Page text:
Autonomous Company Nuro Just Got Federal Approval To Deliver Your Groceries

Illustration for article titled Autonomous Company Nuro Just Got Federal Approval To Deliver Your Groceries
Photo: Nuro

The first autonomous car to achieve federal regulation approval could soon be hitting the streets of a city near you. And they might just be delivering your groceries. Self-driving robot startup Nuro gets to bypass safety standards to start taking to the streets.


This is honestly pretty big, and we’ll let Bloomberg give you a brief rundown as to why that is:

The company, founded by ex-Alphabet Inc. employees and backed by SoftBank Vision Fund, won an exemption from the National Highway Traffic Safety Administration on Thursday that allows it to deploy a car without side mirrors, rear visibility, and a glazed windshield. This relieves the company of complying with certain historic Federal Motor Vehicle Safety Standards, the rules specifying the design, construction, and performance of cars. Those rules currently restrict self-driving cars without traditional design elements, such as steering wheels or pedals, from driving on the road for commercial purposes.

That’s a huge step forward! Most cars containing autonomous features aren’t actually fully autonomous, meaning that there’s still a human driver behind the wheel taking care of all the controls, with the car just easing the burden. But Nuro’s machines are actually autonomous. And this federal decision means we’re likely to start seeing plenty more autonomous startups hitting the roads for testing and development.

But don’t get too excited yet. There are still limitations here. Nuro’s vehicles don’t transport people, and their maximum speed is a mere 25 miles per hour. This is literally just a glorified delivery service, and the company is doing all it can to minimize all possible risk. As long as the autonomous vehicle is going slow and not carrying passengers, there’s no reason to keep it off the road.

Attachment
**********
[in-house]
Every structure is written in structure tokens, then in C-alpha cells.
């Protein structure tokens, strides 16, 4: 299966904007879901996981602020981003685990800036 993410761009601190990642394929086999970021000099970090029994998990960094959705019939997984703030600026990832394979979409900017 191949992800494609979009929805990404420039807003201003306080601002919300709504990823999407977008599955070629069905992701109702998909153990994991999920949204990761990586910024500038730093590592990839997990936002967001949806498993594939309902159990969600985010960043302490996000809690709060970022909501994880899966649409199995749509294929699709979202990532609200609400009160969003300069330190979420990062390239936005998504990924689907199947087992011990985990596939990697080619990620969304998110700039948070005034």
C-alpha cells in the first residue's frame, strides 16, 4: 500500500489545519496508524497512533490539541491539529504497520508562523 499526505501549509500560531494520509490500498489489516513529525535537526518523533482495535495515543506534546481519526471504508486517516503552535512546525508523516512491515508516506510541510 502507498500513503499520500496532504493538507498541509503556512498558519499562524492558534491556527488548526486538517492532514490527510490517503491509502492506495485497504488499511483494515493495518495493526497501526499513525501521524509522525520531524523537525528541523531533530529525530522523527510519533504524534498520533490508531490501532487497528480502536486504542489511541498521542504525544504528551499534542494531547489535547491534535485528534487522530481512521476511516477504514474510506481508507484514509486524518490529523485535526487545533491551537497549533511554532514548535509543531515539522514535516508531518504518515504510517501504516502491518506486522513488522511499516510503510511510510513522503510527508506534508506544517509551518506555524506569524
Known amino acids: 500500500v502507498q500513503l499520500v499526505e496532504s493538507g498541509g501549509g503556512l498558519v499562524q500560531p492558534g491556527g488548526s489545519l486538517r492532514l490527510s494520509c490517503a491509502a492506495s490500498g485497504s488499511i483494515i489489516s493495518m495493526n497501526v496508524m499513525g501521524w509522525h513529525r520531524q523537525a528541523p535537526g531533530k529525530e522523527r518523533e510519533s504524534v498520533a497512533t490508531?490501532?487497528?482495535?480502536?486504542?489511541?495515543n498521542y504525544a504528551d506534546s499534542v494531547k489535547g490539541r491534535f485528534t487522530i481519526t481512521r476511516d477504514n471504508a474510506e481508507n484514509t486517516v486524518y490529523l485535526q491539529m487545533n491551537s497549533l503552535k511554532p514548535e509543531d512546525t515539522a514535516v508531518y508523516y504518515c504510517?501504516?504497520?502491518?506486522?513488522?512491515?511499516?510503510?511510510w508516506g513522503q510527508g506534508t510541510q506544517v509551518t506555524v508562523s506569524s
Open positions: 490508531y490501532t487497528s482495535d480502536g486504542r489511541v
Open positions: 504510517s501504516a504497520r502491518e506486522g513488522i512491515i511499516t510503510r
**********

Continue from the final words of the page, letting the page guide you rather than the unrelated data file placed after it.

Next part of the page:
It’s been a decision a long time in the making. Nuro petitioned the Federal Motor Vehicle Safety Standards for the exemption that would allow it to hit the road back in October 2018 and only just now received a definitive answer.

Weekends at Jalopnik. Managing editor at A Girl's Guide to Cars. Lead IndyCar writer and assistant editor at Frontstretch. Novelist. Motorsport fanatic.



I really, really want this technology to succeed. This tech has the capability to fundamentally change how we receive our goods at home and at work. I place way more trust in this firm than I could in Uber. However, I don’t want to see any headlines like this.

Even at 25 mph a child or vulnerable adult could be seriously injured or killed. I don’t want any companies using public streets as proving grounds.